Activists have already filed a petition to put the issue before voters in 2022, however.

“We’re really excited about the 2022 campaign because what we’ve proven in 2020 is that the people of Idaho are very much ready for medical marijuana to be passed,” campaign spokesperson and longtime reform advocate Russ Belville told Marijuana Moment last month. “We know the signatures are out there, we know that people are ready for this.”

Nebraska

Nebraska activists have already started petitioning to get a medical cannabis measure on the state’s 2022 ballot.

While the campaign collected enough signatures to qualify a reform initiative for this year, the state Supreme Court shut it down following a legal challenge. The justices determined that the measure violated the state’s single-subject rule, much to the disappointment of advocates.

To avoid getting blocked under the single-subject rule, the language of the new proposal concisely states: “Persons in the State of Nebraska shall have the right to cannabis in all its forms for medical purposes.” It has no regulations.

“Though we profoundly disagree with the Nebraska Supreme Court’s decision in September to remove our previous initiative from the ballot, we took good notes,” the campaign said in October. “They argued the previous language violated the single subject rule, so now we’ve drafted one, simple sentence to legalize medical cannabis.”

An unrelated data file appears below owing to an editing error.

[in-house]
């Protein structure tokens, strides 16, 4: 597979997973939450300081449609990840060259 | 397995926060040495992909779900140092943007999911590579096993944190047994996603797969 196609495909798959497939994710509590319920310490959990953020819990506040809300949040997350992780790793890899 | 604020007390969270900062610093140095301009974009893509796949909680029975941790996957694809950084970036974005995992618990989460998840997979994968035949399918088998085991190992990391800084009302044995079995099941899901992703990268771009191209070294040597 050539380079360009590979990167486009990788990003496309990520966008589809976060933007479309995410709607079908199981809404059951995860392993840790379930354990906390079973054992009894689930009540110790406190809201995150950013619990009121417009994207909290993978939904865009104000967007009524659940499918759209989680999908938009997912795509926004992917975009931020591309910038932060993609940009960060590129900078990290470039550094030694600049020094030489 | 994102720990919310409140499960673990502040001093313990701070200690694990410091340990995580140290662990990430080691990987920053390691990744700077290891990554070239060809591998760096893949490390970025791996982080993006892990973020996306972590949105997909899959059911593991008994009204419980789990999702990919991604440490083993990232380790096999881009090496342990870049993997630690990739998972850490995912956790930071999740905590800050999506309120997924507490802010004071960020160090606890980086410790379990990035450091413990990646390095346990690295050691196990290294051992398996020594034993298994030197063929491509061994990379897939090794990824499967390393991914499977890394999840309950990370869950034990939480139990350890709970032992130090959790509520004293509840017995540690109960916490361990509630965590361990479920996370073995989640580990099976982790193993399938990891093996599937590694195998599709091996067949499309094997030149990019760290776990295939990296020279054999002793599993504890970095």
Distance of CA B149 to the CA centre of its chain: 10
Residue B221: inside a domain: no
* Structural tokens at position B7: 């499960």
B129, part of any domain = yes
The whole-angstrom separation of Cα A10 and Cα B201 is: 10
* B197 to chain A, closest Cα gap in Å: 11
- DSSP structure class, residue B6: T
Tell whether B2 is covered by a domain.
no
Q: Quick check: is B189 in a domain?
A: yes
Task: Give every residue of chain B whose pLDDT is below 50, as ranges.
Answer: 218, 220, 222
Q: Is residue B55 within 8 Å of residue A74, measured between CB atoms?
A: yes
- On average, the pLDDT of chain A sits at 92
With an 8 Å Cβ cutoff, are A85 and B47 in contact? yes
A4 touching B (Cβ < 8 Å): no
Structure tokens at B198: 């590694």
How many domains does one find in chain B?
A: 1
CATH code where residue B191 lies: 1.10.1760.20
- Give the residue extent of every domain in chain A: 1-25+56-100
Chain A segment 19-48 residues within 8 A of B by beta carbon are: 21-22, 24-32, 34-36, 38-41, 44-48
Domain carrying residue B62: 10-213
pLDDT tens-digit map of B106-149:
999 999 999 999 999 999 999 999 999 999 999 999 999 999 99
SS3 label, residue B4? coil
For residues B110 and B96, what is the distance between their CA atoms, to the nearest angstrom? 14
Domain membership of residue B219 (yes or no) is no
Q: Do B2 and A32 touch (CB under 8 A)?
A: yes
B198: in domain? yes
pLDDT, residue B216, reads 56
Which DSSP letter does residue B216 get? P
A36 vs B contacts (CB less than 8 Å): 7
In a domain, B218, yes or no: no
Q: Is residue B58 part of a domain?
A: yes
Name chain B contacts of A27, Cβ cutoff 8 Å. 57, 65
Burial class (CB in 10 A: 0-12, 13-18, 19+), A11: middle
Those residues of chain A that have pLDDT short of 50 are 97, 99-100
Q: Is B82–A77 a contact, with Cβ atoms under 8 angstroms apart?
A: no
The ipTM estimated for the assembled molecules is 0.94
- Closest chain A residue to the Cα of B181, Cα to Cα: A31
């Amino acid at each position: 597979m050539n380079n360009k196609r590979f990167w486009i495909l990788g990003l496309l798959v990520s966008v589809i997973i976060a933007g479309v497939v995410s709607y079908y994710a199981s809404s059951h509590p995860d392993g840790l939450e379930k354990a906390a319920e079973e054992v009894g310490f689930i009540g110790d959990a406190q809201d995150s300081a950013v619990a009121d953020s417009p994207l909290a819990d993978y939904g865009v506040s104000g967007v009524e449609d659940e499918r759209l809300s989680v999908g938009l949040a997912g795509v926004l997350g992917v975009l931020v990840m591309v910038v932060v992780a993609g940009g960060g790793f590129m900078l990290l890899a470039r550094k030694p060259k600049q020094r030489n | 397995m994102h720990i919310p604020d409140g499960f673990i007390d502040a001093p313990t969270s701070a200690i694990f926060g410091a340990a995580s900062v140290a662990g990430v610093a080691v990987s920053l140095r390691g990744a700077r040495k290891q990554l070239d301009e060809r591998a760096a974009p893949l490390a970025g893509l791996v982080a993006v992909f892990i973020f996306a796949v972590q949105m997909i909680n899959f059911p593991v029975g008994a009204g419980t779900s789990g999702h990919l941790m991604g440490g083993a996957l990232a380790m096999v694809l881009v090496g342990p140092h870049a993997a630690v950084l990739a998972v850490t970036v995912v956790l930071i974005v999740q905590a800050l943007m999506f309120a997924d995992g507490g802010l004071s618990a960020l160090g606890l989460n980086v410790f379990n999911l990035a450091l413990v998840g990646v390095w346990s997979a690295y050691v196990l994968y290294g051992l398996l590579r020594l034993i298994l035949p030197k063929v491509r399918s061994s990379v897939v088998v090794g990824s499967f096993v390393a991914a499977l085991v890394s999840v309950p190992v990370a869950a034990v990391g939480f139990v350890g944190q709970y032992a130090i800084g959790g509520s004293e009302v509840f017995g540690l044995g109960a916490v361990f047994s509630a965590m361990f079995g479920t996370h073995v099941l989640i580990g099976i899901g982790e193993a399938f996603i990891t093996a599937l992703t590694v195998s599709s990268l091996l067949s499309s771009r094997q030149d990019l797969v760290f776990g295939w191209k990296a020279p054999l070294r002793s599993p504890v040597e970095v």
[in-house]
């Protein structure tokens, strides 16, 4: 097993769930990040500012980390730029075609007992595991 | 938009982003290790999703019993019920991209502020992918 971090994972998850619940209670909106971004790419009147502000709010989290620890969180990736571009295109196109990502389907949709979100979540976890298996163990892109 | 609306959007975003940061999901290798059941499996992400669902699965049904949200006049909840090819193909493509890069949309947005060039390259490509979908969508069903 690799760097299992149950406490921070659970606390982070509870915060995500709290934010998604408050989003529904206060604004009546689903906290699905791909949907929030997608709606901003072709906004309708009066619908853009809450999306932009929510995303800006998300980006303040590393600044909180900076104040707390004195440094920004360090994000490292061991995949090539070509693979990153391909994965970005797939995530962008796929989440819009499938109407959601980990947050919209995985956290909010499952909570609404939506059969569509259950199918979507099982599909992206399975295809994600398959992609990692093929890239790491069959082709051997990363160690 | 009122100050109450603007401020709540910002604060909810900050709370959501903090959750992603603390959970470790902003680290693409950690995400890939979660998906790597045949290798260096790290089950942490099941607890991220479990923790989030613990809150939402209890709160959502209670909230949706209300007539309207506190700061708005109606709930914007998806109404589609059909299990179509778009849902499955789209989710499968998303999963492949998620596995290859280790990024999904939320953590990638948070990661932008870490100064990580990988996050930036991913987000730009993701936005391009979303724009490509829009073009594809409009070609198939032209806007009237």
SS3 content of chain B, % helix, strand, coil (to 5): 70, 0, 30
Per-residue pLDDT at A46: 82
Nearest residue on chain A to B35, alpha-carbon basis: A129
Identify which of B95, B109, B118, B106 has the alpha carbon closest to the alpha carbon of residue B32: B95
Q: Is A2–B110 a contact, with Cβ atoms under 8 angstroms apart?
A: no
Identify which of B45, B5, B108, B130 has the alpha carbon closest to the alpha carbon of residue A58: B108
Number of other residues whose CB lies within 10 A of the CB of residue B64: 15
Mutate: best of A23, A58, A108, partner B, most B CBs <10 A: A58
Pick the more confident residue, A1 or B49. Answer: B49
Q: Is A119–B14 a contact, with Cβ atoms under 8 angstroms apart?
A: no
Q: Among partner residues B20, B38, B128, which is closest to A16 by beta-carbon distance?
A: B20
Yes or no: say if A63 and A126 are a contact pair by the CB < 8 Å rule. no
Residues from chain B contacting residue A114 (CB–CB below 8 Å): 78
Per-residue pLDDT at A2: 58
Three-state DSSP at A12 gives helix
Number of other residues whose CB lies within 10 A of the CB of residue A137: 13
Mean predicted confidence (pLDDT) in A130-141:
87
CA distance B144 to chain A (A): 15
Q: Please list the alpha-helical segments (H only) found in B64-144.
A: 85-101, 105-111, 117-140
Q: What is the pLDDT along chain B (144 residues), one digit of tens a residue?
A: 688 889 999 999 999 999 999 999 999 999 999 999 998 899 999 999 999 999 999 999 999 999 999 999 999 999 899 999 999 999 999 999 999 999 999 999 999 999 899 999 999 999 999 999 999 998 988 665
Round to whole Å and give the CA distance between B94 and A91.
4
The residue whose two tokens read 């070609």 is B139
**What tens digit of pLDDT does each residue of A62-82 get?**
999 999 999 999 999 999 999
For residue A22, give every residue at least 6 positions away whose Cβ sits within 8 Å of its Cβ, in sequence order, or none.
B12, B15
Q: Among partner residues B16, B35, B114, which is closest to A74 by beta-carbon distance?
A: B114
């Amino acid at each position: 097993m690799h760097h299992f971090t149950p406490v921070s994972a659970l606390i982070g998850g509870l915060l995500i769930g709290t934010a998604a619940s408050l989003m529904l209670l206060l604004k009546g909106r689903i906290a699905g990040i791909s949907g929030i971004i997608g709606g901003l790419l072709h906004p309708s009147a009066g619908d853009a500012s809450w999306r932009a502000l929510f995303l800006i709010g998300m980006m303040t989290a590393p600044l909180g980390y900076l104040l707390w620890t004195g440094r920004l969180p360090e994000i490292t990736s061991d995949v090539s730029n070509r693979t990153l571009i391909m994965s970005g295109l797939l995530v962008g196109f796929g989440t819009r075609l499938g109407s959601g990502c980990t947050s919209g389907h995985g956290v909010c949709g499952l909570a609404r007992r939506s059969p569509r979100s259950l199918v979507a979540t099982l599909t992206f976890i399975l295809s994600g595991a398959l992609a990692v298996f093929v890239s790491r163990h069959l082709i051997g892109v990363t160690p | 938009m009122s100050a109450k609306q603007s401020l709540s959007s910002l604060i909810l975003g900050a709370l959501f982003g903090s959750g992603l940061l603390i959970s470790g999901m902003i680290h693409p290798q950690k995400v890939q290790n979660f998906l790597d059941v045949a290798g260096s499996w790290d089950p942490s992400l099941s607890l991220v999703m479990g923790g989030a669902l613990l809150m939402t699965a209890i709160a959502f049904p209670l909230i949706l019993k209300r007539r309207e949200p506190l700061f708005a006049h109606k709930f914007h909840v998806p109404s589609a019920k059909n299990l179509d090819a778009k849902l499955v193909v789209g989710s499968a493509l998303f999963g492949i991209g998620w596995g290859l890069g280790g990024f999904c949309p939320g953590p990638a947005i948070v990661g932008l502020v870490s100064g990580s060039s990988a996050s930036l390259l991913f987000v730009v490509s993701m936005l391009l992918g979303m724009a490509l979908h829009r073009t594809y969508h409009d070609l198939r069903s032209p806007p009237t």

State Sen. Adam Morfeld (D), a chief petitioner for the initiative, told Marijuana Moment that the campaign “carefully crafted our new language to be in compliance with the new precedent set forth by the Supreme Court in September so we are confident it complies with the single subject rule.”

“Medical marijuana is incredibly popular across partisan and ideological lines in Nebraska and we are confident once we have the signatures and it is on the ballot that it will pass by a wide margin,” he said.

There’s also some speculation that a proposal to legalize for adult use could be in the cards—but that’s less likely.

Beyond The Ballot

Aside from voter-initiated ballot measures, there are multiple states where top lawmakers have said they’re serious about pursing cannabis legalization bills in 2021, including New Mexico, New York and Rhode Island. In Connecticut, the incoming House speaker said that if there aren’t enough votes in the legislature to pass a legalization bill next year, lawmakers will put it on the ballot for voters to decide as a referendum.

Federal Marijuana Legalization Bill Will Get A Congressional Vote Next Week, Leader Announces